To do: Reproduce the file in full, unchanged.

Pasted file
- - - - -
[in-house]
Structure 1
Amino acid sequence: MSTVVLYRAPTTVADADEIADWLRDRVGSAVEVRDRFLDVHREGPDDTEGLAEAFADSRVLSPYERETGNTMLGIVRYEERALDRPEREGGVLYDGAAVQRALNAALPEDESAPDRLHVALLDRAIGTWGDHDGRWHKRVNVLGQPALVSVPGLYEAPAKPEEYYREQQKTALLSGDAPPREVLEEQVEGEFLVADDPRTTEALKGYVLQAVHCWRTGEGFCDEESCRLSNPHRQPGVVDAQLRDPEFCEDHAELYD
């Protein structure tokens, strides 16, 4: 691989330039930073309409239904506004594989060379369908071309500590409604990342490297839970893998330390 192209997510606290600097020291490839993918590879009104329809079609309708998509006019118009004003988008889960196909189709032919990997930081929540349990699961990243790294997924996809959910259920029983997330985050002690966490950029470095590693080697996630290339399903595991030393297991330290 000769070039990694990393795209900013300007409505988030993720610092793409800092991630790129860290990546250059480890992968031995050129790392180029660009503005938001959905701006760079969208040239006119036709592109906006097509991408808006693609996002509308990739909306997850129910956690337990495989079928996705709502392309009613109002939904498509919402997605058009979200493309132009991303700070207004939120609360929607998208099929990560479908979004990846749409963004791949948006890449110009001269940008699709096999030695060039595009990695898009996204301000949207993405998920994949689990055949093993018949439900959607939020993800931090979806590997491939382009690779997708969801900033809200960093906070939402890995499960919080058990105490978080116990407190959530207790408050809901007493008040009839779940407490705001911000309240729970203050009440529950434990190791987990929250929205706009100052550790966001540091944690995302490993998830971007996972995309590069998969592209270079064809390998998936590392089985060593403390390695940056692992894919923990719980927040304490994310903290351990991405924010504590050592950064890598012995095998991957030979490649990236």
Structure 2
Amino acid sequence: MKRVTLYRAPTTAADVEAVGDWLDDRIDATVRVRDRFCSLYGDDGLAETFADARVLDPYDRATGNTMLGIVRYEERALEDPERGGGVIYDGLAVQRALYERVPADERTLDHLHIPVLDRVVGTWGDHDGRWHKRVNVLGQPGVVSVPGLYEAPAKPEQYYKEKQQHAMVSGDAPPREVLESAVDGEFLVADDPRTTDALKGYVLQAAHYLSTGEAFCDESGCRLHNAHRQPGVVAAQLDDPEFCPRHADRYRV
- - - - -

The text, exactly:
[in-house]
Structure 1
Amino acid sequence: MSTVVLYRAPTTVADADEIADWLRDRVGSAVEVRDRFLDVHREGPDDTEGLAEAFADSRVLSPYERETGNTMLGIVRYEERALDRPEREGGVLYDGAAVQRALNAALPEDESAPDRLHVALLDRAIGTWGDHDGRWHKRVNVLGQPALVSVPGLYEAPAKPEEYYREQQKTALLSGDAPPREVLEEQVEGEFLVADDPRTTEALKGYVLQAVHCWRTGEGFCDEESCRLSNPHRQPGVVDAQLRDPEFCEDHAELYD
């Protein structure tokens, strides 16, 4: 691989330039930073309409239904506004594989060379369908071309500590409604990342490297839970893998330390 192209997510606290600097020291490839993918590879009104329809079609309708998509006019118009004003988008889960196909189709032919990997930081929540349990699961990243790294997924996809959910259920029983997330985050002690966490950029470095590693080697996630290339399903595991030393297991330290 000769070039990694990393795209900013300007409505988030993720610092793409800092991630790129860290990546250059480890992968031995050129790392180029660009503005938001959905701006760079969208040239006119036709592109906006097509991408808006693609996002509308990739909306997850129910956690337990495989079928996705709502392309009613109002939904498509919402997605058009979200493309132009991303700070207004939120609360929607998208099929990560479908979004990846749409963004791949948006890449110009001269940008699709096999030695060039595009990695898009996204301000949207993405998920994949689990055949093993018949439900959607939020993800931090979806590997491939382009690779997708969801900033809200960093906070939402890995499960919080058990105490978080116990407190959530207790408050809901007493008040009839779940407490705001911000309240729970203050009440529950434990190791987990929250929205706009100052550790966001540091944690995302490993998830971007996972995309590069998969592209270079064809390998998936590392089985060593403390390695940056692992894919923990719980927040304490994310903290351990991405924010504590050592950064890598012995095998991957030979490649990236």
Structure 2
Amino acid sequence: MKRVTLYRAPTTAADVEAVGDWLDDRIDATVRVRDRFCSLYGDDGLAETFADARVLDPYDRATGNTMLGIVRYEERALEDPERGGGVIYDGLAVQRALYERVPADERTLDHLHIPVLDRVVGTWGDHDGRWHKRVNVLGQPGVVSVPGLYEAPAKPEQYYKEKQQHAMVSGDAPPREVLESAVDGEFLVADDPRTTDALKGYVLQAAHYLSTGEAFCDESGCRLHNAHRQPGVVAAQLDDPEFCPRHADRYRV